This article outlines the architecture of a universal visual model editor.


This was on my job at InLine, aka JFX, aka ObjectVenture. Our product was a plug-in to several IDEs (Visual Cafe, JBuilder, NetBeans) that added support for J2EE, persistence, Web Development and Patterns.

My assignment

I was in charge of significant parts of the architecture of the product. I also took on design and coding of some of the critical parts of the tool. One of these parts was the source code/model round-trip: we wanted the visual model to instantly reflect changes in the source code. We also wanted that whenever the user modified the model, the change would be synchronously reflected in the source code.


There were several challenges associated with this task:

  • The model was heterogeneous: in J2EE some information is in the Java source code, some in compiled class files and JARS, and some is in XML descriptors. We wanted to present a unified view of all these piece-parts.
  • We needed to support many different models: Java Classes, JavaBeans, EJB 1.0, EJB 2.0 etc. All of these models were substantially different.
  • We wanted the model to be easily extended by plug-ins. For example, somebody might want to write a plug-in to our tool that would model the Abstract Factory pattern in terms of EJB home functions.
  • The natural presentation of the J2EE model is a graph, but our tool was going to display a tree view of the model.
  • The same model needed to be able to be displayed using different UI (for instance, standalone vs. IDE plugin, also with both Swing and SWT), therefore the UI mechanisms needed to be separated from the core functionality.
  • The model was potentially very large. We did not want to construct it in its entirety every time the project was open. We wanted to instantiate only the parts that the user was working on.

All this needed to be reconciled.


The solution was a modification of the three-layer architecture. I introduced a whole new layer of controller objects consisting of Features and DisplayProperties.

Formally speaking, Feature and other classes of the Feature Framework implement a meta-meta-model, meaning that it could be used to describe arbitrary meta-models like Java classes, JavaBeans, EJB 1.1 Assembly, EDOC Subsystem etc. If the term meta-meta-model is a bit confusing, consider this example:

  1. Model: Dmitri Plotnikov drives Prius VIN 12112.... This is concrete.
  2. Meta-model: Person drives Car. This can be used to describe a family of similar concrete models.
  3. Meta-meta-model: Subject-Verb-Object. This can be used to describe a family of similar meta-models.

Feature Framework is a meta-meta-model. It allows you to define arbitrary meta-models and then access, modify, validate, display and edit them.

Features implement the Displayable interface. DisplayProperties is an object that describes how a Displayable object should be shown in the UIs.

At its core, the Feature framework is basically a tree where all parts: the root, nodes and sets of child nodes are represented by interfaces and implemented differently for different kinds of things.

In the context of the Java Class model, there will be an implementation of the Feature interface to handle the notion of Java Field . There will also be a class that implements the FeatureSet interface and represents a set of JavaFields. This class's job is to extract fields from a Java parse tree and insert new fields into it.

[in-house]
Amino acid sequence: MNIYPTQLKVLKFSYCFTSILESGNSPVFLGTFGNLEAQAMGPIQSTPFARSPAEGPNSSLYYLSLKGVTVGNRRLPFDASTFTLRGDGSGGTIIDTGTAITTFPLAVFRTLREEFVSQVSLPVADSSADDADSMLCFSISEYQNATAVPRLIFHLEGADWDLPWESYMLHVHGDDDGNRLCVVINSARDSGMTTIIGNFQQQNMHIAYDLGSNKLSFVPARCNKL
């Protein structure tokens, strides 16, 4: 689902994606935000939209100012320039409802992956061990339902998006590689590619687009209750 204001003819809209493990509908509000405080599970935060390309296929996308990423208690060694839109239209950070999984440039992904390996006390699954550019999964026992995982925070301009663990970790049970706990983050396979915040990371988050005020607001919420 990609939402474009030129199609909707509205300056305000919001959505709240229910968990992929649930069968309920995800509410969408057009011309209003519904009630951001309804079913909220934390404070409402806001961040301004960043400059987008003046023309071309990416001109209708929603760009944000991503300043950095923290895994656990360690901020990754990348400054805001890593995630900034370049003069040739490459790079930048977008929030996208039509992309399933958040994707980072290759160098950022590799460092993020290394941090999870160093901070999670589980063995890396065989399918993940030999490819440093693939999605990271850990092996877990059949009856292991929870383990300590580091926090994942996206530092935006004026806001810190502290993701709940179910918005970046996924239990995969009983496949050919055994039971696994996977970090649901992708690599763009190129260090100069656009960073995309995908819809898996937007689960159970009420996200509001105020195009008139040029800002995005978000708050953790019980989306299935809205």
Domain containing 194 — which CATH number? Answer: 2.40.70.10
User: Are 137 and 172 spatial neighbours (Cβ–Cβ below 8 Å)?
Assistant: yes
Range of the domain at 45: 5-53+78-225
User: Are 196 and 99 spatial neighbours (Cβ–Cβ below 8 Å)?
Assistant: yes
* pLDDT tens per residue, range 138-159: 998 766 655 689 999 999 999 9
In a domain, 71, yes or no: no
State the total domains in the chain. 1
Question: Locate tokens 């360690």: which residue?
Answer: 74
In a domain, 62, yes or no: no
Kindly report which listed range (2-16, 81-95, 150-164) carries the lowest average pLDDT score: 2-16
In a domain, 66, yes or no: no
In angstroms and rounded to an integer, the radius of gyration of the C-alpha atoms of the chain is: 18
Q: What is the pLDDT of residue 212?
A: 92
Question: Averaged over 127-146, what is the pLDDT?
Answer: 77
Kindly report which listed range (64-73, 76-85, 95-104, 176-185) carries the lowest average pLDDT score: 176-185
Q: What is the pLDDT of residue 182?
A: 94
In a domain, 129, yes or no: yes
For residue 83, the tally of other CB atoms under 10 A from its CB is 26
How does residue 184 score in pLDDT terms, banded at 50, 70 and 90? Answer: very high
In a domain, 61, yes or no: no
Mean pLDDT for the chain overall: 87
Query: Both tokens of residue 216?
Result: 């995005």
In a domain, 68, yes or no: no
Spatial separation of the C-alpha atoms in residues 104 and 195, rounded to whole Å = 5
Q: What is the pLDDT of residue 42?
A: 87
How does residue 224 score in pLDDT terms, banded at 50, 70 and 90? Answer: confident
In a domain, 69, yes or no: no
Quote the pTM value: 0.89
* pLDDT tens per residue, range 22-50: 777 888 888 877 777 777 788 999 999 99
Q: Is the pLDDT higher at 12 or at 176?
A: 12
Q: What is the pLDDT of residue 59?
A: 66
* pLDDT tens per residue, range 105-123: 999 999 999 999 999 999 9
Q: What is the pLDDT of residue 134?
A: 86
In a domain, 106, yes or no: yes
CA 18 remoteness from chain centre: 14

Another example is a Feature class for EJB Home JNDI Name in the EJB 2.0 model. Unlike the Java Field feature described above, this one works with the EJB Deployment Descriptor, extracts the necessary data element from it and/or inserts or modifies that data element.

There is a hierarchy of Abstract Factories that control the entire model. Everything starts with a FeatureModelFactory, which instantiates a FeatureModel based on the desired model type. FeatureModel is the hub of all activity. It manages resources (e.g. Java source) via Resource Adapters, elements of the UI via DisplayPropertyFactories and Features via FeatureFactories.

Features and FeatureSets participate in both phases of the modeling round-trip. They are responsible for parsing the underlying model (e.g. source code) initially and when it changes. They are also responsible for applying user actions to the underlying model. For the latter purpose there are FeatureActions (think menu items on the Feature's node in the TreeView), FeatureConstructors (implementations of the New... actions) and FeatureEditors, whose job is to provide UI for modifying properties of a Feature.

There are also FeatureModelConfigurators, whose job is to resolve conflicts between Features provided by different plug-ins.

Feature Framework is by its nature highly abstract, which makes it adaptable to all kinds of modeling applications. Some critics say that something so abstract cannot be practically useful. Feature Framework proves the opposite: we had a team of several developers churning out implementations of various models. Everything clicked together without being directly interdependent.

Please see the Javadoc APIs for further details.

Also see this presentation of JFX Studio, a compete development environment based on the Feature Framework. The product was renamed to ObjectAssembler before release.

InLine Software aka JFX aka ObjectVenture may have failed as a business, but Feature Framework was an undisputed technical success. I personally see it as the highest achievement of my career to date.

[UPDATE: today, in Feb 2021, I no longer see it like that. Several projects at Google, such as Android Contacts, the Core Framework of Google+ on Android and YouTube Music fore Android had much bigger impact.]